Sudan's ruling military council says it is canceling its previous agreement with civilian protesters following Monday's attack by security forces on a protest site in Khartoum that left at least 30 people dead.
General Abdel Fattah al-Burhan, the head of the Transitional Military Council, announced Tuesday in a televised address that it will hold elections within the next nine months. General Burhan said the elections would organize under regional and international supervision.
Monday's raid on the protest site outside the Defense ministry capped a breakdown of relations between the military and the Alliance for Freedom and Change, a coalition of protesters and opposition parties. The two sides had been negotiating over the makeup of a transitional government following the military's ouster of President Omar al-Bashir in April, after mass protests against his autocratic rule.
The parties had agreed to form an interim government that would rule Sudan for three years before handing over power to a permanent civilian government. But the talks broke down last month over differences on the leadership of the transitional government.
Details of the raid
On Monday, with batons in hand, Sudanese forces dressed in police and military uniforms surrounded protesters near the military headquarters and began forcing the demonstrators to leave.
Explosions and heavy machine gunfire were heard, and video on several media outlets shows Sudanese forces beating protesters lying face down on the ground. Protesters say rapid response forces and paramilitary units surrounded two Khartoum hospitals.
Witnesses say that by mid-afternoon on Monday, the area had been cleared. The protesters had been staging the sit-in since April at the start of the negotiations. The Central Committee of Sudan Doctors, which is close to Sudan’s protest movement, said Tuesday the death toll has risen to 35 with many more injured.
Transitional Military Council spokesman Shams El din Al Kabashi said the forces only targeted what he called “dangerous groups” that infiltrated the protesters in the sit-in area.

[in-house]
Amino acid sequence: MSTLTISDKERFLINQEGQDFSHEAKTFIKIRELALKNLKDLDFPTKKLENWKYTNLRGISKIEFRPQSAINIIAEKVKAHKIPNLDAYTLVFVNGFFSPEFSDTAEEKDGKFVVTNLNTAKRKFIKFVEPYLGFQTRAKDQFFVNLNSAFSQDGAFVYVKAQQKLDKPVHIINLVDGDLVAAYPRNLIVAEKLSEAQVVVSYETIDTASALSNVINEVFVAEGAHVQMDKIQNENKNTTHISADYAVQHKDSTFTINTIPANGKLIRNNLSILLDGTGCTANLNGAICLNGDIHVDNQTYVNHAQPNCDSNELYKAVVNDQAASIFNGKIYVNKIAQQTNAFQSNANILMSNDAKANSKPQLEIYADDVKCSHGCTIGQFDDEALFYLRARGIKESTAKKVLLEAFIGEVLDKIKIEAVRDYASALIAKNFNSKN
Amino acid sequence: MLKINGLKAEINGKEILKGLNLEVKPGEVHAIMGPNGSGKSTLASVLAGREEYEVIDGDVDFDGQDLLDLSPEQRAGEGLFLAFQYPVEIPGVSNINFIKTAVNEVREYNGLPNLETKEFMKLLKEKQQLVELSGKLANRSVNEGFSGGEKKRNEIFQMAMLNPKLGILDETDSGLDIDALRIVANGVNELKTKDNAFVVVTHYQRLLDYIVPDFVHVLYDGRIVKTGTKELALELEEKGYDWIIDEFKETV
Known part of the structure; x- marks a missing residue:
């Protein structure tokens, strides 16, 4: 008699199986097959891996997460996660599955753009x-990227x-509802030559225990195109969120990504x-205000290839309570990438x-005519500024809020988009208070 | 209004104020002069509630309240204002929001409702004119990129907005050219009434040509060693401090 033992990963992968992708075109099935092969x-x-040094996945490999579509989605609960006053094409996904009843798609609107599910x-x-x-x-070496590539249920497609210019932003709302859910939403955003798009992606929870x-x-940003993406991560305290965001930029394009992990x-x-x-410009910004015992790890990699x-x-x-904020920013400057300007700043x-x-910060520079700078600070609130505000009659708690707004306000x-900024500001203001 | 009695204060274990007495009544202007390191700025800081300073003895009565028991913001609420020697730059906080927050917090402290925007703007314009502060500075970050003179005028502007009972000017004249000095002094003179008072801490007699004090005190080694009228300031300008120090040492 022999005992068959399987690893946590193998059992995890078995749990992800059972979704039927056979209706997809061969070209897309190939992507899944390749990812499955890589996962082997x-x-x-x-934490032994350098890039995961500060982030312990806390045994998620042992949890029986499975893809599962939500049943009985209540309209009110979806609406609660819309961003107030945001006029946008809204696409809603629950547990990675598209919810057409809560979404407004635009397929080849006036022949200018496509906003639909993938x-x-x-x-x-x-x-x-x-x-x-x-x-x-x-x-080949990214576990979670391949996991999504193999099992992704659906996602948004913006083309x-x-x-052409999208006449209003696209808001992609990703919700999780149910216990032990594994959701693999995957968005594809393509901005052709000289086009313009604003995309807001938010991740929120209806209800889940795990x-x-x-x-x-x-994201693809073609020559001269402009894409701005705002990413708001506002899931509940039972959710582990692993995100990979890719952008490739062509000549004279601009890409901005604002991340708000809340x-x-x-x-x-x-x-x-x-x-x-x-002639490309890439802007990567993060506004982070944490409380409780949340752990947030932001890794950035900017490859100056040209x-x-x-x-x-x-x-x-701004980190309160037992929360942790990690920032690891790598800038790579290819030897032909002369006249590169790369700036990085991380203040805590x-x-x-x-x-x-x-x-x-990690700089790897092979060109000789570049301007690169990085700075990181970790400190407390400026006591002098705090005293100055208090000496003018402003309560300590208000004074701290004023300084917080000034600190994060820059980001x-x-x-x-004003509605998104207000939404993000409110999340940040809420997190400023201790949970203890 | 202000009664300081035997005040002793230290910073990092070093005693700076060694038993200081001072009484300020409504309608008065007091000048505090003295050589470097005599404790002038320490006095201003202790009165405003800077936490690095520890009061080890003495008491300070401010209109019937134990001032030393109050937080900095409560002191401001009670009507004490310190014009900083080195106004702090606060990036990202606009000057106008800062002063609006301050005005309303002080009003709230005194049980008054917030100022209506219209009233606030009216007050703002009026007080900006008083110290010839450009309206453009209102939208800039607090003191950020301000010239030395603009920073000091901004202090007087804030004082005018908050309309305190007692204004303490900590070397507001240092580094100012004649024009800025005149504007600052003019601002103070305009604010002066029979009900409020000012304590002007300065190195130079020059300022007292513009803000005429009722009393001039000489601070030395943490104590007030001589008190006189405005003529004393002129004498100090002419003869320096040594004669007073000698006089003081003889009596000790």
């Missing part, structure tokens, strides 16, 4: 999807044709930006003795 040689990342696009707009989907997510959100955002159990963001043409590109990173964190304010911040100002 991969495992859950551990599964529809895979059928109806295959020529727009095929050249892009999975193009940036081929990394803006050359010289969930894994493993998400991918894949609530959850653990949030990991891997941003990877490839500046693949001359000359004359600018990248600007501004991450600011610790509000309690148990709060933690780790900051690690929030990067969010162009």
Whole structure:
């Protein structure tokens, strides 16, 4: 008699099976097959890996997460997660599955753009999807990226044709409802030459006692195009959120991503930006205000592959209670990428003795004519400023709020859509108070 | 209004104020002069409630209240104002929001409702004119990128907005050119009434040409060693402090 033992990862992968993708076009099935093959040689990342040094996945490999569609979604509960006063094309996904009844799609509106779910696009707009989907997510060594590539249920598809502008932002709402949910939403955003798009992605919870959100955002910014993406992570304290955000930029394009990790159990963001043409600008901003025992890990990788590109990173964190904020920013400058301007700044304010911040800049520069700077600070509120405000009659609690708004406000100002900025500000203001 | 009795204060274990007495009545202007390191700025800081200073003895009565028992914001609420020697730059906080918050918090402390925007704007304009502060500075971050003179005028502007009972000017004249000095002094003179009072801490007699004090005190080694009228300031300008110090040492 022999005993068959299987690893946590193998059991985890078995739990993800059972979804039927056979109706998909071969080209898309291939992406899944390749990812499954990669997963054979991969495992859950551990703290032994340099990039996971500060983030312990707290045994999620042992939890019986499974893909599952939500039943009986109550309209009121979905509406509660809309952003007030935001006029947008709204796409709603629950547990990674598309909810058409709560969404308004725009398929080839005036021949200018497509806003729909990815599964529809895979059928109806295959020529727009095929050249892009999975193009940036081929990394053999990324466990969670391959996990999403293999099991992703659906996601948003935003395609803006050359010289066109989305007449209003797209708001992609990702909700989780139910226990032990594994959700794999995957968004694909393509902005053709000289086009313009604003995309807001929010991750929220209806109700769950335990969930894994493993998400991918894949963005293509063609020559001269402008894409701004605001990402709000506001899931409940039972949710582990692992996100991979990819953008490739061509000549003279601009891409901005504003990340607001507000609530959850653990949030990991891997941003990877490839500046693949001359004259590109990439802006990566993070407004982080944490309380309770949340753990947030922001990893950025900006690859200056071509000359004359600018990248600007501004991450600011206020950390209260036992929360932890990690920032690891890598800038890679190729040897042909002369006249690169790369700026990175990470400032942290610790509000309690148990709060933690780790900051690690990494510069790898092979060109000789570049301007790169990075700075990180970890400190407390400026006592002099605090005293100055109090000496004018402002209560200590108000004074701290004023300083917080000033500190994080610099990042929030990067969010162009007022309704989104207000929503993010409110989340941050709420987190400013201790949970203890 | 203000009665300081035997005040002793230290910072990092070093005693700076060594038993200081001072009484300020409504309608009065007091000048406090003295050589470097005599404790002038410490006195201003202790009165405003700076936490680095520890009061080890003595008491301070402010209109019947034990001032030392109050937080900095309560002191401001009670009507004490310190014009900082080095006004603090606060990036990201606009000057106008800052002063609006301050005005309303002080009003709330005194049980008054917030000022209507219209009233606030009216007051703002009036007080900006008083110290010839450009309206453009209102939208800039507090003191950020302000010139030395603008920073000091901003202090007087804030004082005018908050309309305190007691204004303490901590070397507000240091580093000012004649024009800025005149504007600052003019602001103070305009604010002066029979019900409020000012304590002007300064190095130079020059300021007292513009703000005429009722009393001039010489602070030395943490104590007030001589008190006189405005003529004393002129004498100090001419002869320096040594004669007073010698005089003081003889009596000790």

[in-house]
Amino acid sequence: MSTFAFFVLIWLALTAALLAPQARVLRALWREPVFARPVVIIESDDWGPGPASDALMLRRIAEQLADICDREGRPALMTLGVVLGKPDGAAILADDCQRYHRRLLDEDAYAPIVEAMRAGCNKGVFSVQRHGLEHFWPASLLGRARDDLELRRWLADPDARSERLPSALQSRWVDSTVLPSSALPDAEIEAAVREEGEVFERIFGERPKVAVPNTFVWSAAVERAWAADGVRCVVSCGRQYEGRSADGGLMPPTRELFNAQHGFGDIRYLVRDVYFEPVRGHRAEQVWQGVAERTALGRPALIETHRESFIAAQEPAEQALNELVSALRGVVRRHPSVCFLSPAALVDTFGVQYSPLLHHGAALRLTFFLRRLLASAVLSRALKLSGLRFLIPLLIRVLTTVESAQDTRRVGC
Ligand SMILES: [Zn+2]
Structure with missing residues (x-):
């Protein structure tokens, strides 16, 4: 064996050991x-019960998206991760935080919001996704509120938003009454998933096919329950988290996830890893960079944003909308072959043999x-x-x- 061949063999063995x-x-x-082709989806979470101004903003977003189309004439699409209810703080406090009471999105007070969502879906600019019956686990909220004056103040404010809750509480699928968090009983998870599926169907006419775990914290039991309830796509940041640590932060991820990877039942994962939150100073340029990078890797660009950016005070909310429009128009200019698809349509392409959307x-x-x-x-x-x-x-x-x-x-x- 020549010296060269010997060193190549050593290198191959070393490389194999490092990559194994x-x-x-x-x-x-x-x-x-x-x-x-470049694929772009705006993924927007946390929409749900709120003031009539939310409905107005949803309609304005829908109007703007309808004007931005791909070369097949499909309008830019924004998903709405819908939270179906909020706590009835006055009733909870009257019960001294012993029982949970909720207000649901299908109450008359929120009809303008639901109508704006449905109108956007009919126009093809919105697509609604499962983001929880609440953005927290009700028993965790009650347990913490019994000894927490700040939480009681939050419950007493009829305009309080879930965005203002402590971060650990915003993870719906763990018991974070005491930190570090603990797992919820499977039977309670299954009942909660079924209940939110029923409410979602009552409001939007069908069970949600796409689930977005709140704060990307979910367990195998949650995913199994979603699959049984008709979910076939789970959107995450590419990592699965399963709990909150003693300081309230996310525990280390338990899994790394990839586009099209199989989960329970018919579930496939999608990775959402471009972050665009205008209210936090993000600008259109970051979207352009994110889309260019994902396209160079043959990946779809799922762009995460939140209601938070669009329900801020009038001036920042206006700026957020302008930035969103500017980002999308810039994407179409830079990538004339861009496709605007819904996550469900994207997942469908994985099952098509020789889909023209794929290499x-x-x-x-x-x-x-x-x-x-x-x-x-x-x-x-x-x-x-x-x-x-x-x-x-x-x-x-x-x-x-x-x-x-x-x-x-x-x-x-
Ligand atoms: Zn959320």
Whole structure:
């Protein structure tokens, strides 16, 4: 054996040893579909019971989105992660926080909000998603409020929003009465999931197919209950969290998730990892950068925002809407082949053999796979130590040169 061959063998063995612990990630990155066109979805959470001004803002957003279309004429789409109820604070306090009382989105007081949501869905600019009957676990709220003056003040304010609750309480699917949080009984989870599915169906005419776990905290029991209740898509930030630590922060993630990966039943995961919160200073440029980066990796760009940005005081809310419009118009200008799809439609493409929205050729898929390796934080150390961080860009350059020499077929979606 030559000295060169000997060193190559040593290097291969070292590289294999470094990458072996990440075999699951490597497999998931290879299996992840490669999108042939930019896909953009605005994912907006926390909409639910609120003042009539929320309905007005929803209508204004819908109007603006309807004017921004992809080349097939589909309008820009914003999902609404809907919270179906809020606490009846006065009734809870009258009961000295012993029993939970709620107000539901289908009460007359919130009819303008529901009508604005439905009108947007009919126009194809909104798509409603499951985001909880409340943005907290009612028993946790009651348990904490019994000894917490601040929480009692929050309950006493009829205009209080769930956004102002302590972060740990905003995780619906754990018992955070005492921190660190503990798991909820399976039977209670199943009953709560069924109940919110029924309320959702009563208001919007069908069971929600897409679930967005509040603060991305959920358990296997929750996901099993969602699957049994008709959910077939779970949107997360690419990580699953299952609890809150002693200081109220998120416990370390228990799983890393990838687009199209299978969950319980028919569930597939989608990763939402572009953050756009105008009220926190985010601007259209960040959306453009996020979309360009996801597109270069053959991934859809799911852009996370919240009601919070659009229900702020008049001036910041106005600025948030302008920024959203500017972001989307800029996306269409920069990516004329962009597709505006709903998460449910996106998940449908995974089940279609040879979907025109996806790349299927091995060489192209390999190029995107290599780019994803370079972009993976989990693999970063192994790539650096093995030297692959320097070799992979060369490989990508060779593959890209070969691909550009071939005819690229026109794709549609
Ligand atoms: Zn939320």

In a statement released by his spokesman in New York, United Nations Secretary-General Antonio Guterres condemned Monday's attack in Khartoum.
"The secretary-general reminds (Sudan’s) Transitional Military Council of its responsibility for the safety and security of the citizens of Sudan," the spokesman said. "He urges all parties to act with utmost restraint."
Guterres also called for unimpeded access for first responders at the sit-in site and in hospitals where the wounded are treated, and called on Sudanese authorities to conduct an independent investigation and hold people accountable for the deaths.
U.N. human rights chief Michelle Bachelet also condemned the attack and urged the security forces to stop immediately.
"Those exercising their rights to freedom of peaceful assembly and expression must be protected, not targeted or detained," Bachelet said in a statement. "This is a fundamental tenet of international human rights law."
The U.S. embassy in Khartoum tweeted that the attacks on protesters "must stop."
The British embassy condemned the attack and called it an "outrageous step that will only lead to more polarization and violence."
The Declaration of Freedom and Change Forces — a coalition of political parties leading the protest — issued a statement calling on all demonstrators to continue with"the revolution." Protesters later blocked roads leading into and out of Khartoum.
Protest organizers have suspended further talks with the Transitional Military Council and called for civil disobedience across the country until the military hands over power to civilians.
The organizers also say in the statement that security forces who killed protesters must be brought to justice